So I learned how to stay hidden. Because if anyone noticed me, it meant ridicule and humiliation—on a good day. My fear dictated how I lived my life. I ran away from any situation that would draw attention to myself. I felt I had to stay in the background, hidden. That was the only place where I could feel safe. I understood paralyzing terror as Peter, James, and John experience it. Perhaps you have too.
It took me many years before I could begin to address that childhood terror. As I matured, I recognized that people were no longer seeking me out just to beat me up. Their first response to me was no longer finding new ways to offer me up for public ridicule.
Even though I’ve overcome that terror of public abuse and humiliation, it apparently hasn’t fully left me. However, my terror does not make my decisions. One of the outcomes of that is my being here right now. Being called to proclaim the gospel as a pastor means a lot of public speaking, and that is terrifying—because any of you who’ve done public speaking know how vulnerable you are when you do it. But terror will not make my decisions for me. If God has called me to preach, then I will do so. I will attempt to follow Jesus, trusting him, even if that means walking into terror.
I emailed all of you who are on this church’s email list this week, telling you that I am now one of 17 potential candidates for nomination as this synod’s next bishop. And it terrifies me. Having my picture and biographical information posted on the RMS website opened up that childhood terror of being publicly ridiculed. Though I’m a grown up and have gained some respect in the RMS, my childhood terror has surprisingly kicked into full swing.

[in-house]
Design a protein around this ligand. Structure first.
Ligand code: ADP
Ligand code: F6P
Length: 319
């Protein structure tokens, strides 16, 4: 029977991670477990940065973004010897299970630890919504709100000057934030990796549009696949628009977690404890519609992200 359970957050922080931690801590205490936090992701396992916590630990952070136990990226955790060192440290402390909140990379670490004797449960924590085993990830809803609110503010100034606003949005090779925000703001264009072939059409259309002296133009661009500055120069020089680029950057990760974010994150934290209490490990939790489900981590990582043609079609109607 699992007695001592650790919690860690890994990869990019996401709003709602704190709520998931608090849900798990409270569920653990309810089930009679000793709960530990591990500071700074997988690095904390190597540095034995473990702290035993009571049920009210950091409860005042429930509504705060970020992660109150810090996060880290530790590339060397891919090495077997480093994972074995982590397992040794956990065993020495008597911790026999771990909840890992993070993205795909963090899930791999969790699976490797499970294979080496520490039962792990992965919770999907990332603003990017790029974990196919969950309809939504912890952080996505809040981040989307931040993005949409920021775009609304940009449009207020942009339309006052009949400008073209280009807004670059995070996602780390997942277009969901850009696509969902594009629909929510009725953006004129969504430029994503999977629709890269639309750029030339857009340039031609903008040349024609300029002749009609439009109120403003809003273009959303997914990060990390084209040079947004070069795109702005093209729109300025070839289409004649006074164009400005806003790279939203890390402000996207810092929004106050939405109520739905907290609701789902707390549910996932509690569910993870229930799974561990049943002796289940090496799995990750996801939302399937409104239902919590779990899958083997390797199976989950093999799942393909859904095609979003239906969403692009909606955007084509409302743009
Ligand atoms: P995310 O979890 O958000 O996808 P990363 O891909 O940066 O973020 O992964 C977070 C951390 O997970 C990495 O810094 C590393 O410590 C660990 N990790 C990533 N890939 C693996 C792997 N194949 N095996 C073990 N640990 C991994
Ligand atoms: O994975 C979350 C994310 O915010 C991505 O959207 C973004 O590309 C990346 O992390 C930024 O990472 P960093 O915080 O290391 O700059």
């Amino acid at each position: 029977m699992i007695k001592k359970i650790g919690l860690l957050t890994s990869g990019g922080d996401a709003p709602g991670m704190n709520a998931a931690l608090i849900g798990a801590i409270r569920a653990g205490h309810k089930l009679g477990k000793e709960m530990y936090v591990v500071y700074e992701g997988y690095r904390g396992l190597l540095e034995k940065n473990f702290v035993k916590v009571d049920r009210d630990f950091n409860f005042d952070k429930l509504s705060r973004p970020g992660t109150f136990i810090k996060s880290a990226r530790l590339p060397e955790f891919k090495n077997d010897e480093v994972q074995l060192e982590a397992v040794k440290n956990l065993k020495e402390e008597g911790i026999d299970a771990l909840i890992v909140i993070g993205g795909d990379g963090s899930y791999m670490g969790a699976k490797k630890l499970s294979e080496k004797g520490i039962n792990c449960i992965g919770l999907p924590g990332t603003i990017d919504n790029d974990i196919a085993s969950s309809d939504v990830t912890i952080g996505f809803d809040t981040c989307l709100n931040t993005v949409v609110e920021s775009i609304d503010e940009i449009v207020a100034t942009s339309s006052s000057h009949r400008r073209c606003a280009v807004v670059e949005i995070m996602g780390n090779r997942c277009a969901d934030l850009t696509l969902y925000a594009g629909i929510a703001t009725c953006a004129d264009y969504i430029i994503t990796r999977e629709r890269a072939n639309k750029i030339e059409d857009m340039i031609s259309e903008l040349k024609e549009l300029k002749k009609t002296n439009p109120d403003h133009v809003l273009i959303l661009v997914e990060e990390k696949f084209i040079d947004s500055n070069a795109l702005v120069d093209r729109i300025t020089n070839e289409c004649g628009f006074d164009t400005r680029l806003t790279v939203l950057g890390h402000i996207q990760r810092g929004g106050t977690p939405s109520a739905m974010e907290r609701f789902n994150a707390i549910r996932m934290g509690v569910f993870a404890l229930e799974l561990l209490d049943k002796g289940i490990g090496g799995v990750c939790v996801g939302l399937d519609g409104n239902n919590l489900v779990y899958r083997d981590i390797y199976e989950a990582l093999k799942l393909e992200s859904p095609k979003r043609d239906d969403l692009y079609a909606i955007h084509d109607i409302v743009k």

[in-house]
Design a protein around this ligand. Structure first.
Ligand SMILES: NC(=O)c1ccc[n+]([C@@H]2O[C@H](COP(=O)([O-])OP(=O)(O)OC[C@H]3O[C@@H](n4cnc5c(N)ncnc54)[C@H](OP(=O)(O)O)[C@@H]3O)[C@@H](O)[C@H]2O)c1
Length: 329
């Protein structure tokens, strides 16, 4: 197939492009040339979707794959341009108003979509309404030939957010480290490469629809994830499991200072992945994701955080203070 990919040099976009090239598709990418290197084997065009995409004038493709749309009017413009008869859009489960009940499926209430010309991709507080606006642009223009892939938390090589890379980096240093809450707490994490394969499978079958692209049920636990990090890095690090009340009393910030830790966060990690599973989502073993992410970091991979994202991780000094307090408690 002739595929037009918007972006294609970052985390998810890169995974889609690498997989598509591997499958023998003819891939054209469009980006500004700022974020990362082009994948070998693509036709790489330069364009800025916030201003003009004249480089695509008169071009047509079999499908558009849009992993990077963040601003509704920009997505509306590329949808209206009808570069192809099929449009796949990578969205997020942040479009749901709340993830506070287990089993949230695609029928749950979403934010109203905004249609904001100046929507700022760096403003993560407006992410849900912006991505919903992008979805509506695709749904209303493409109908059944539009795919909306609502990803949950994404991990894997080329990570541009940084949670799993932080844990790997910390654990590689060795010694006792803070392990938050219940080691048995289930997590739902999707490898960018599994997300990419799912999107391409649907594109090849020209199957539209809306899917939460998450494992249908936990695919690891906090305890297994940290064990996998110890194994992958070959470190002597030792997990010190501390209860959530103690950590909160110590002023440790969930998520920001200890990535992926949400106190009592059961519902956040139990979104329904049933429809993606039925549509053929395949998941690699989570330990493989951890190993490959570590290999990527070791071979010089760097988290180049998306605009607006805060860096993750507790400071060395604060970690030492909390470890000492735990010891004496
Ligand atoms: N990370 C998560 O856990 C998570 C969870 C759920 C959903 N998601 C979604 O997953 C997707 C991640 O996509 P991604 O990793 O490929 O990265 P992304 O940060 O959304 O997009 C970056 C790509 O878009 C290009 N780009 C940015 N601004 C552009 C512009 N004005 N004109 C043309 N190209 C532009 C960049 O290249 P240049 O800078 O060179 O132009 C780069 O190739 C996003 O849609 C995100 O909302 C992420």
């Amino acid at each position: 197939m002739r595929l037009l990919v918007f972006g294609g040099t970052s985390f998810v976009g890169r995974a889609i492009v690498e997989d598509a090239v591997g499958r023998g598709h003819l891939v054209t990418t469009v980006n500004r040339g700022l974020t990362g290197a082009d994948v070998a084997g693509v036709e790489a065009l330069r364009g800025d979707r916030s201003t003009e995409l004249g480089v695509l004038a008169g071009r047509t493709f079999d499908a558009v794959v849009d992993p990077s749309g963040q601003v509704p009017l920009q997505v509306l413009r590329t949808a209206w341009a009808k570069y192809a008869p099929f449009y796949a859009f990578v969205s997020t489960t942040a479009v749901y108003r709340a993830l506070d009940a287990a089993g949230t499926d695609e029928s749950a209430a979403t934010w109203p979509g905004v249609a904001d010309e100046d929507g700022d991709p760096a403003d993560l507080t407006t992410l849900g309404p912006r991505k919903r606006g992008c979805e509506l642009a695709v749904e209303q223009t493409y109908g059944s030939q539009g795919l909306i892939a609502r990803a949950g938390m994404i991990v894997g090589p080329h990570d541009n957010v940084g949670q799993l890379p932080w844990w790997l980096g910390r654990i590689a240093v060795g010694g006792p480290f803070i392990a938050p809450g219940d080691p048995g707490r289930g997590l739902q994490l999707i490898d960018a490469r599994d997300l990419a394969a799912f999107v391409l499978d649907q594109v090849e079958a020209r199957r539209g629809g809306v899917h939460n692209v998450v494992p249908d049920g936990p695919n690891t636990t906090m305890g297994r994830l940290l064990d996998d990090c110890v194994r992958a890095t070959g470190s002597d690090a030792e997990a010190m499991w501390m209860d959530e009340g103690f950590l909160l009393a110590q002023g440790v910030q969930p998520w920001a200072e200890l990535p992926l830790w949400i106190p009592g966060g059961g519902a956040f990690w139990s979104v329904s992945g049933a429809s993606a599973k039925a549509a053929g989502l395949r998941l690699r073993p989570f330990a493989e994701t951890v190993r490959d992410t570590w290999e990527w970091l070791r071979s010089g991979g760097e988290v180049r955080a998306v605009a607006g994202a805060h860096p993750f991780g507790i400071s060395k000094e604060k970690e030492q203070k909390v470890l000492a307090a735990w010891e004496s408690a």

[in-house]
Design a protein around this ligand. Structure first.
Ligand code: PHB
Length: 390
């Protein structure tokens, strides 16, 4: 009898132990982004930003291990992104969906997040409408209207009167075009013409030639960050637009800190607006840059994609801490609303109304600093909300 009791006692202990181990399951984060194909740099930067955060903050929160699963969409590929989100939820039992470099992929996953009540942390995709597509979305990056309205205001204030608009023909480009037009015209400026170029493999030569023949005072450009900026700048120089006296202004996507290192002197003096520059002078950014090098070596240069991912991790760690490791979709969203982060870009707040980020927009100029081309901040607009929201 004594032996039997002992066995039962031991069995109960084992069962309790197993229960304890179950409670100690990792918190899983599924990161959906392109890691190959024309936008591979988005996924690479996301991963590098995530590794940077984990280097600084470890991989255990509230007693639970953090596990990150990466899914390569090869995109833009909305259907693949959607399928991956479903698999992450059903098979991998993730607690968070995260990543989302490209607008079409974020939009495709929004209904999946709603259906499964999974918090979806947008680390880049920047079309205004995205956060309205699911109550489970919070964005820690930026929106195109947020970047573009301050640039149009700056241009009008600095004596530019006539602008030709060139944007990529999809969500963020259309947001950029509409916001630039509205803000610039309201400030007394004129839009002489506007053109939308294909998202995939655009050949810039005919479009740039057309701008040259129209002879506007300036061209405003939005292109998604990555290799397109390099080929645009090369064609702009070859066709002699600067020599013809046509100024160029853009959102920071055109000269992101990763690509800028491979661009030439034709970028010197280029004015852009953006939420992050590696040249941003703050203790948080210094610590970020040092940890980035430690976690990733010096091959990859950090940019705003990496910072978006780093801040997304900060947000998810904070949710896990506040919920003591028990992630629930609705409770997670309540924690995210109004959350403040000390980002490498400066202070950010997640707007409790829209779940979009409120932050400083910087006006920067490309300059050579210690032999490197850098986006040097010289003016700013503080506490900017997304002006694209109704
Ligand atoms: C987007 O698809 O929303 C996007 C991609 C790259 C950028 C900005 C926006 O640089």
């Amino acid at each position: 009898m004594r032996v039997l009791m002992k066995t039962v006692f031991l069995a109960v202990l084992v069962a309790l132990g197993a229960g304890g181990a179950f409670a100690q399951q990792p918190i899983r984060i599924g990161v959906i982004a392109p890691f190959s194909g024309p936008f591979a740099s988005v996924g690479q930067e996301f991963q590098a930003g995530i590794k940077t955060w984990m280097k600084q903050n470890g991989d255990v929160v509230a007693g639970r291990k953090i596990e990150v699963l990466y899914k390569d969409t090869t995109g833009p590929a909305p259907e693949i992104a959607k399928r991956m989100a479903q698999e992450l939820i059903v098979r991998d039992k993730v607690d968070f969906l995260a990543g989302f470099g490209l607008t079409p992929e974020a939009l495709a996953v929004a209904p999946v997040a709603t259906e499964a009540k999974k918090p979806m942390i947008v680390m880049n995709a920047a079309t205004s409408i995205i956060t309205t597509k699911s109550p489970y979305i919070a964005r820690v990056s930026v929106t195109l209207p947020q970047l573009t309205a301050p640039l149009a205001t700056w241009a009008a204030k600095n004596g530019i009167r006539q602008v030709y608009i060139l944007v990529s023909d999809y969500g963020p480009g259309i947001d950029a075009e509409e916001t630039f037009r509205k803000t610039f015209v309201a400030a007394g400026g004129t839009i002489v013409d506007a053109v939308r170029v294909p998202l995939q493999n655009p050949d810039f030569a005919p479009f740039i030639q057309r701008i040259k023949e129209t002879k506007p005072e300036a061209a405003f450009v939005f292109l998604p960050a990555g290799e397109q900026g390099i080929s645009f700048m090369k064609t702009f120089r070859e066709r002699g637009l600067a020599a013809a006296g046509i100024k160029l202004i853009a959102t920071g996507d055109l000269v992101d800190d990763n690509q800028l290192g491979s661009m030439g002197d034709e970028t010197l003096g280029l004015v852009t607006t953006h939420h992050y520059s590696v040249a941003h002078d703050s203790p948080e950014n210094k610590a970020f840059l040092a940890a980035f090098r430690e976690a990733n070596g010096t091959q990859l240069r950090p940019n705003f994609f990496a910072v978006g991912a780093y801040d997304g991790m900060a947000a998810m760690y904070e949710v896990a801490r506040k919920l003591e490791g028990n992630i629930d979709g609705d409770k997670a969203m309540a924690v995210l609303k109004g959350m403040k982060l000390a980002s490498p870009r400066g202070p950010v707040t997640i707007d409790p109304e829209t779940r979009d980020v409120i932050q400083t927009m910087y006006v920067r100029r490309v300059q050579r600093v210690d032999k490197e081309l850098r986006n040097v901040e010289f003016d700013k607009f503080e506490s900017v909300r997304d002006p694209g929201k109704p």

But the terror will not make my decision for me. I’ve allowed this process to go forward, not because I necessarily want to be bishop, but because God seems to be up to something. To be honest, the odds-makers in Las Vegas have me somewhere in the middle of the pack, but that’s not what this is about for me. It’s about seeing Jesus doing something, in the most unlikely places and unlikely ways, and being there with him. I am not running for bishop. Some unknown person tossed my name in ring. But Jesus is in this somewhere. Perhaps it’s nothing more than this demon of terror being exorcized. Perhaps it’s so I can be some kind of encouragement to those who find themselves living in terror. Maybe I’ll contribute to the bishop conversation in a helpful way. Perhaps I’ll get to see Moses and Elijah. I don’t know. But I know Jesus is there, and I know my terror will not make my decisions for me.
Mark writes further, “Then a cloud overshadowed them, and from the cloud there came a voice, ‘This is my Son, the Beloved; listen to him!’ Suddenly when they looked around, they saw no one with them anymore, but only Jesus.”
That’s what I want for me; that’s what I want for you. To listen to Jesus, to follow Jesus, to see Jesus for who he is. And then to look around—whether terrified or not—and see no one but only Jesus. As baptized people of God, that’s why Jesus takes us up the mountain. Amen.